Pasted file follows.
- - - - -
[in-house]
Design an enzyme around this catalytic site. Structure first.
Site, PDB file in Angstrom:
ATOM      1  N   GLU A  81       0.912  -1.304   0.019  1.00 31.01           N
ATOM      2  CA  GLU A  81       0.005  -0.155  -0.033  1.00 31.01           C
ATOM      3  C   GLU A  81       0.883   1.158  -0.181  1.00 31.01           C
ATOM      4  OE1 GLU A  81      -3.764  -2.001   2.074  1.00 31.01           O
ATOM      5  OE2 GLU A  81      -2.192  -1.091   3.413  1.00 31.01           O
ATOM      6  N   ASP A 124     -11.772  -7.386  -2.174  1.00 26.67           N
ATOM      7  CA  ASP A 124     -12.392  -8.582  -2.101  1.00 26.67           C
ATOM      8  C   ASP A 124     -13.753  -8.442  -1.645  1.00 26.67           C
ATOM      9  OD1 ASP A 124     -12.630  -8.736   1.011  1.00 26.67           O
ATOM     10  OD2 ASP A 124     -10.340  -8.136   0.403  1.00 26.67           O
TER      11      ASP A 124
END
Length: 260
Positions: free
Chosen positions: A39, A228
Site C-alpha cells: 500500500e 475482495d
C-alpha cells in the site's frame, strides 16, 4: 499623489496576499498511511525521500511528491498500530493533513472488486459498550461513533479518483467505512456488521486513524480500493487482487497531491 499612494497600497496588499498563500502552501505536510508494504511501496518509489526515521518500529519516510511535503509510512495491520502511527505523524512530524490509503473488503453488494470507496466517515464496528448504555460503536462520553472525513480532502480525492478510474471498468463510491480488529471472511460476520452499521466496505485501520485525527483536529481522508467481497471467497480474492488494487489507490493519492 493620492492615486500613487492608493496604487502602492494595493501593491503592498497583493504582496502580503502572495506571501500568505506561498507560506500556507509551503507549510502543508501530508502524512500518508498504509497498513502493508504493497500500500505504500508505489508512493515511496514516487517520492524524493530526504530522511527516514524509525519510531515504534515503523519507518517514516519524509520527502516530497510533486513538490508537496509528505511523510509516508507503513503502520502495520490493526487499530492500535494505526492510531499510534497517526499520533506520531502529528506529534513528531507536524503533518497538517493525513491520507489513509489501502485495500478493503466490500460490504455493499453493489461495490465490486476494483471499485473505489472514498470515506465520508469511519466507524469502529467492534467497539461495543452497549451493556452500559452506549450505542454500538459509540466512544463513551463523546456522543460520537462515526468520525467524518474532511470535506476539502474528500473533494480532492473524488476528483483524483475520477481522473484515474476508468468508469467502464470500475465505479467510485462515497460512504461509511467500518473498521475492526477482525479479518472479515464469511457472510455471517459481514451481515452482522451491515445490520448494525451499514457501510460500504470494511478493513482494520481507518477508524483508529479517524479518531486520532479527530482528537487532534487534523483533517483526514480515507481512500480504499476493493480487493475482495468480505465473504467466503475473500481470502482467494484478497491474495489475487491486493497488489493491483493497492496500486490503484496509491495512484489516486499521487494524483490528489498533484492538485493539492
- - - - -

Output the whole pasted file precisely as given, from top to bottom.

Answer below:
[in-house]
Design an enzyme around this catalytic site. Structure first.
Site, PDB file in Angstrom:
ATOM      1  N   GLU A  81       0.912  -1.304   0.019  1.00 31.01           N
ATOM      2  CA  GLU A  81       0.005  -0.155  -0.033  1.00 31.01           C
ATOM      3  C   GLU A  81       0.883   1.158  -0.181  1.00 31.01           C
ATOM      4  OE1 GLU A  81      -3.764  -2.001   2.074  1.00 31.01           O
ATOM      5  OE2 GLU A  81      -2.192  -1.091   3.413  1.00 31.01           O
ATOM      6  N   ASP A 124     -11.772  -7.386  -2.174  1.00 26.67           N
ATOM      7  CA  ASP A 124     -12.392  -8.582  -2.101  1.00 26.67           C
ATOM      8  C   ASP A 124     -13.753  -8.442  -1.645  1.00 26.67           C
ATOM      9  OD1 ASP A 124     -12.630  -8.736   1.011  1.00 26.67           O
ATOM     10  OD2 ASP A 124     -10.340  -8.136   0.403  1.00 26.67           O
TER      11      ASP A 124
END
Length: 260
Positions: free
Chosen positions: A39, A228
Site C-alpha cells: 500500500e 475482495d
C-alpha cells in the site's frame, strides 16, 4: 499623489496576499498511511525521500511528491498500530493533513472488486459498550461513533479518483467505512456488521486513524480500493487482487497531491 499612494497600497496588499498563500502552501505536510508494504511501496518509489526515521518500529519516510511535503509510512495491520502511527505523524512530524490509503473488503453488494470507496466517515464496528448504555460503536462520553472525513480532502480525492478510474471498468463510491480488529471472511460476520452499521466496505485501520485525527483536529481522508467481497471467497480474492488494487489507490493519492 493620492492615486500613487492608493496604487502602492494595493501593491503592498497583493504582496502580503502572495506571501500568505506561498507560506500556507509551503507549510502543508501530508502524512500518508498504509497498513502493508504493497500500500505504500508505489508512493515511496514516487517520492524524493530526504530522511527516514524509525519510531515504534515503523519507518517514516519524509520527502516530497510533486513538490508537496509528505511523510509516508507503513503502520502495520490493526487499530492500535494505526492510531499510534497517526499520533506520531502529528506529534513528531507536524503533518497538517493525513491520507489513509489501502485495500478493503466490500460490504455493499453493489461495490465490486476494483471499485473505489472514498470515506465520508469511519466507524469502529467492534467497539461495543452497549451493556452500559452506549450505542454500538459509540466512544463513551463523546456522543460520537462515526468520525467524518474532511470535506476539502474528500473533494480532492473524488476528483483524483475520477481522473484515474476508468468508469467502464470500475465505479467510485462515497460512504461509511467500518473498521475492526477482525479479518472479515464469511457472510455471517459481514451481515452482522451491515445490520448494525451499514457501510460500504470494511478493513482494520481507518477508524483508529479517524479518531486520532479527530482528537487532534487534523483533517483526514480515507481512500480504499476493493480487493475482495468480505465473504467466503475473500481470502482467494484478497491474495489475487491486493497488489493491483493497492496500486490503484496509491495512484489516486499521487494524483490528489498533484492538485493539492